« PrethodnaNastavi »
ENCYCLOPEDIA OR DICTIONARY OF BIBLICAL, HISTORICAL, DOCTRINAL, AND
'We know no encyclopædia of the kind to compete with this.'—Wesleyan Methodist Magazine.
Schaff's History of the Christian Church.
APOSTOLIC CHRISTIANITY, A.D. 1–100. In Two Divisions, ex. demy 8vo, price 21s.
ANTE-NICENE CHRISTIANITY, A.D. 100-311. In Two Divisions, ex. demy 8vo, price 21s.
NICENE AND POST-NICENE CHRISTIANITY, A.D. 311-600. In Two Divisions, ex. demy 8vo, price 21s.
'These volumes cannot fail to prove welcome to all students.'-Freeman. Goebel's Parables of Jesus.
A Methodical Exposition. Translated by Rev. Prof. BANKS. 8vo, 10s. 6d. 'This volume is quite a treasury of original exposition on a subject on which preachers constantly need help.'-Methodist Recorder.
Its Principles, Methods, and History. By Professor C. A. BRIGGS, D.D.
'Written by one who has made himself a master of the subject, and who is able to write upon it both with the learning of the scholar and with the earnestness of sincere conviction.'-Scotsman.
Hutchison on Thessalonians.
Lectures on St. Paul's Epistle to the Thessalonians. 8vo, 10s. 6d.
We have not at least amongst modern works—many commentaries on these epistles in which the text is at once treated with scholarly ability, and turned to popular and practical account. Such is the character of Dr. Hutchison's work.-Baptist.
The Philosophical Basis of Theism.
An Examination of the Personality of Man to ascertain his Capacity to
'Full of suggestive thought, and of real assistance in unfolding to the mind the true account and justification of its religious knowledge.'--Spectator.
Naville's Modern Physics.
Historical and Philosophical Studies. Crown 8vo, 5s.
Christian scientists should at once procure this learned and able volume.'Erangelical Magazine.
History of Christian Doctrine.
A Popular Introduction. By Rev. T. G. CRIPPEN. 8vo, 9s.
'Mr. Crippen is studiously, on some points startlingly, and enviably fair. His book shows wide reading and honest thinking. It abounds in acute distinctions; its statements of varying views of doctrine is sometimes very happy, and it sufficiently illustrates the pathology of theological speculation.'— Wesleyan Methodist Magazine.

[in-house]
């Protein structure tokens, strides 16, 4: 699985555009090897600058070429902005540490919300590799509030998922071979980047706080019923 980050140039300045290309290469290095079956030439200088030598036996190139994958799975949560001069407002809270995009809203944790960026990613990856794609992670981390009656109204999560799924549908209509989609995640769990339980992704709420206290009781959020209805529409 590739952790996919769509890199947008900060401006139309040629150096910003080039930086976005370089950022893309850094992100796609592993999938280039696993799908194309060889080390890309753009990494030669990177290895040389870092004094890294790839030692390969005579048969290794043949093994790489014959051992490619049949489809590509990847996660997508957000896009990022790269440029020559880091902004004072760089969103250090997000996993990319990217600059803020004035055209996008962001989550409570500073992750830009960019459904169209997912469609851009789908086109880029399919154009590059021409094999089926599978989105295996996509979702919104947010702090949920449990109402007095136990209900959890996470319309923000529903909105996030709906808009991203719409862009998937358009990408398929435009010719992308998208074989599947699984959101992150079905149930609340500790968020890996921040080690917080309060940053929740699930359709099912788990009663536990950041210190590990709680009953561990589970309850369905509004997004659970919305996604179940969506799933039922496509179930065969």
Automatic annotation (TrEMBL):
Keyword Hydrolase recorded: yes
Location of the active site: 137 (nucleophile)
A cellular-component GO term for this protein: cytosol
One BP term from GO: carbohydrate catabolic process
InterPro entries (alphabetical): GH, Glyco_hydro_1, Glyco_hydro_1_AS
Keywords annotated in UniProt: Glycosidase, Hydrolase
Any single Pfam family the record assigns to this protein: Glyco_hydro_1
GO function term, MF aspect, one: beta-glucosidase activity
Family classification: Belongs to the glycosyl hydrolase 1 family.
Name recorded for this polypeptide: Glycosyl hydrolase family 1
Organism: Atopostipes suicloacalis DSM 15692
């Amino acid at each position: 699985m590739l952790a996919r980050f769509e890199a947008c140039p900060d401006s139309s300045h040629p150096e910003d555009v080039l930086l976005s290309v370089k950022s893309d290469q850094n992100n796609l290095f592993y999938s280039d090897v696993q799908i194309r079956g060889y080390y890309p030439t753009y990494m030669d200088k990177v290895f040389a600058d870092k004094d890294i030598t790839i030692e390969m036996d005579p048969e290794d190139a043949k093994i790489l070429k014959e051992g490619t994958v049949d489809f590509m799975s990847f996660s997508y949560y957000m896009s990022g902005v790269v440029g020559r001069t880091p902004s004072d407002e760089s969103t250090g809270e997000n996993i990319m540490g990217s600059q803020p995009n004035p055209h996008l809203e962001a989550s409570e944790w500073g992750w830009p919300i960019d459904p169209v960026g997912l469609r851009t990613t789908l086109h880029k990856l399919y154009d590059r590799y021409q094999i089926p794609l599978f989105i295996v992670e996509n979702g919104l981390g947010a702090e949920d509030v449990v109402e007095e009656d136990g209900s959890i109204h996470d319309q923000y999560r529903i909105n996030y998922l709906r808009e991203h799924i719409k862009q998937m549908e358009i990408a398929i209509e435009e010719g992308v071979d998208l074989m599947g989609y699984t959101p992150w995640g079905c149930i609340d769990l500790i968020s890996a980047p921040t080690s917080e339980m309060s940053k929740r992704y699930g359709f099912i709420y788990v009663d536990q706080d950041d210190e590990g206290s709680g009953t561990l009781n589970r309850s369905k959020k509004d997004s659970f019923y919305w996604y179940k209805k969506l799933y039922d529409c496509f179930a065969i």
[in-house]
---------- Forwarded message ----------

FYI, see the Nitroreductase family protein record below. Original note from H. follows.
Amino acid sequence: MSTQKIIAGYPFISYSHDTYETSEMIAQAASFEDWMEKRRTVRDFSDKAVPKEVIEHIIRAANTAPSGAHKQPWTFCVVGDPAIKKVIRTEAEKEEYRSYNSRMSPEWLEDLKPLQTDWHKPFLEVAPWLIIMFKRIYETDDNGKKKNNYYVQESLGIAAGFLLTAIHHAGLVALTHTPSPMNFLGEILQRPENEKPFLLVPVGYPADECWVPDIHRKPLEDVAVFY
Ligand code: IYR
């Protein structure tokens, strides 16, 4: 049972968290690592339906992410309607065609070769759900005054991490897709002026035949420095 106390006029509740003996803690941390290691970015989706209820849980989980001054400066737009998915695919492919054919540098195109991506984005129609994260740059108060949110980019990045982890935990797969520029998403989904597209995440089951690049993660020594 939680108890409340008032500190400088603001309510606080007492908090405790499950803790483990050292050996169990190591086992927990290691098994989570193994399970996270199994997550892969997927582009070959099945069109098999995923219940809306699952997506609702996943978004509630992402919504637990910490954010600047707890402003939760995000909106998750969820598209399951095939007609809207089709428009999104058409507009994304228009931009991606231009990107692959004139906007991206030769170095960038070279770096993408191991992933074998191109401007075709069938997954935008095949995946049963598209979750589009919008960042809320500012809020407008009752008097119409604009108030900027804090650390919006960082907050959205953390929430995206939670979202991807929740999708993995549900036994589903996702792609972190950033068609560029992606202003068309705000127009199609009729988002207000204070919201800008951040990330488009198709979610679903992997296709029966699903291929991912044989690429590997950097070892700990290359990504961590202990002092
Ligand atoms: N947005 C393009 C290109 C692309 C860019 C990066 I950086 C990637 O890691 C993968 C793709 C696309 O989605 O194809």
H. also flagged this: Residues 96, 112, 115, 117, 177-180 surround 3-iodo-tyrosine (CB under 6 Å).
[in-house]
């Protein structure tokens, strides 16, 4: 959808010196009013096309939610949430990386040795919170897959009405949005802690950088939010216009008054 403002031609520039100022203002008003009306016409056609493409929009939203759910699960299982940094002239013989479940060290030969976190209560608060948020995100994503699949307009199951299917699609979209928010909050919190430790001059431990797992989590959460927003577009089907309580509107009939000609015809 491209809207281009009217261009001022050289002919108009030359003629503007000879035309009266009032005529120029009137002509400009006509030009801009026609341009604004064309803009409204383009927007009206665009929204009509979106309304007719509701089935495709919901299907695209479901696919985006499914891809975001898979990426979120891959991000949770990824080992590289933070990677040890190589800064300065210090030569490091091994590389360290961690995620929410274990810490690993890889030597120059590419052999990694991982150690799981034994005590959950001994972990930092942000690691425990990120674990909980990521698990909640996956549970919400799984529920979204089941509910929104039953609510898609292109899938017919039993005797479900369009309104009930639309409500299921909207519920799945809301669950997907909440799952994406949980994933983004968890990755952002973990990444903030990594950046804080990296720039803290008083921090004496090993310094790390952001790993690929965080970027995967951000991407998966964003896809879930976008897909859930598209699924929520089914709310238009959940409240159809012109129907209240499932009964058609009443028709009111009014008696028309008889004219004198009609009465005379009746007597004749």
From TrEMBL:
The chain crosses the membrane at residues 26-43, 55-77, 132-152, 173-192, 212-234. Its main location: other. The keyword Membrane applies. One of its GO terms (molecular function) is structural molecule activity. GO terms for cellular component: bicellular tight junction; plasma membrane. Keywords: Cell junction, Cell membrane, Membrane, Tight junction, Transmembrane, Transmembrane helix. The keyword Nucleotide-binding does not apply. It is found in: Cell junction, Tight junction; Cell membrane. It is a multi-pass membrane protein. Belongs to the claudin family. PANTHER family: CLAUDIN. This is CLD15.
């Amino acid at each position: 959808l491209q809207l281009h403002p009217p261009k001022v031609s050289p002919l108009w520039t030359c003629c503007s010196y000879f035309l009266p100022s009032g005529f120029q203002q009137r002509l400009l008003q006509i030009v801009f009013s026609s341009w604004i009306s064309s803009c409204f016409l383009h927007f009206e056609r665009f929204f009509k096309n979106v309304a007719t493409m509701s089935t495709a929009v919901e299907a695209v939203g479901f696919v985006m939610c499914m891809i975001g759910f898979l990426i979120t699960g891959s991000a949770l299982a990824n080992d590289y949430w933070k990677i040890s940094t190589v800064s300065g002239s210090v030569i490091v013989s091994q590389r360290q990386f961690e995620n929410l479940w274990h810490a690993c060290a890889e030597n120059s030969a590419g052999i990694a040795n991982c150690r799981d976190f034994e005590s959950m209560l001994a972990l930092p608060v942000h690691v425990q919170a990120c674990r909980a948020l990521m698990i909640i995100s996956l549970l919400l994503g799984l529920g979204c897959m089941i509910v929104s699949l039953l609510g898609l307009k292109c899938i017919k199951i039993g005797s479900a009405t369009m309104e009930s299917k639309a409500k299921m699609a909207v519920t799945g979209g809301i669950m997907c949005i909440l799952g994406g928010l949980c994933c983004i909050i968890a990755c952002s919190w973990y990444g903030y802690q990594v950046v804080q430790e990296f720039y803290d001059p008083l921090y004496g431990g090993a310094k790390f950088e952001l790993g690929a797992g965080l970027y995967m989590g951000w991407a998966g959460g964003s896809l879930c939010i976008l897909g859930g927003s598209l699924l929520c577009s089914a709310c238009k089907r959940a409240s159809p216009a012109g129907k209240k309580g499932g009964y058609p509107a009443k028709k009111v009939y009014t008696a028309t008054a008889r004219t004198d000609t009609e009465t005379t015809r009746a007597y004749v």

Studies in the Christian Evidences.
By ALEXANDER MAIR, D.D. Crown 8vo, 6s.
"The reasoning is cogent, the style clear and pleasant, the spirit admirable.' -Methodist Recorder.
Christian Charity in the Ancient Church.
By G. UHLHORN, D.D. Crown 8vo, 6s.
'The historical knowledge this work displays is immense; and the whole subject is wrought out with great care and skill. It is a most readable, delightful, and instructive volume.'-Evangelical Christendom.
'A very excellent translation of a very valuable book.'—Guardian.
PHILIP SCHAFF, D.D.
Christianus sum: Christiani nihil a me alienum puto
A NEW EDITION, REVISED AND ENLARGED
NICENE AND POST-NICENE CHRISTIANITY
FROM CONSTANTINE THE GREAT TO GREGORY THE GREAT
T. & T. CLARK, 38 GEORGE STREET
110 d. sut.
§ 102. Religion and Art.
MAN is a being intellectual, or thinking and knowing, moral, or willing and acting, and aesthetic, or feeling and enjoying. To these three cardinal faculties corresponds the old trilogy of the true, the good, and the beautiful, and the three provinces of science, or knowledge of the truth, virtue, or practice of the good, and art, or the representation of the beautiful, the harmony of the ideal and the real. These three elements are of equally divine origin and destiny.
Religion is not so much a separate province besides these three, as the elevation and sanctification of all to the glory of God. It represents the idea of holiness, or of union with God, who is the original of all that is true, good, and beautiful. Christianity, as perfect religion, is also perfect humanity. It hates only sin; and this belongs not originally to human nature, but has invaded it from without. It is a leaven which pervades the whole lump. It aims at a harmonious unfolding of all the gifts and powers of the soul. It would redeem and regenerate the whole man, and bring him into blessed fellowship with God. It enlightens the understanding, sanctifies the will, gives peace to the heart, and consecrates even the body a temple of the Holy Ghost. The ancient word: "Homo sum, nihil humani a me alienum puto," is fully true only of the Christian. “All things are yours," says the Apostle. All things are of God, and for God. Of these truths we must never lose sight,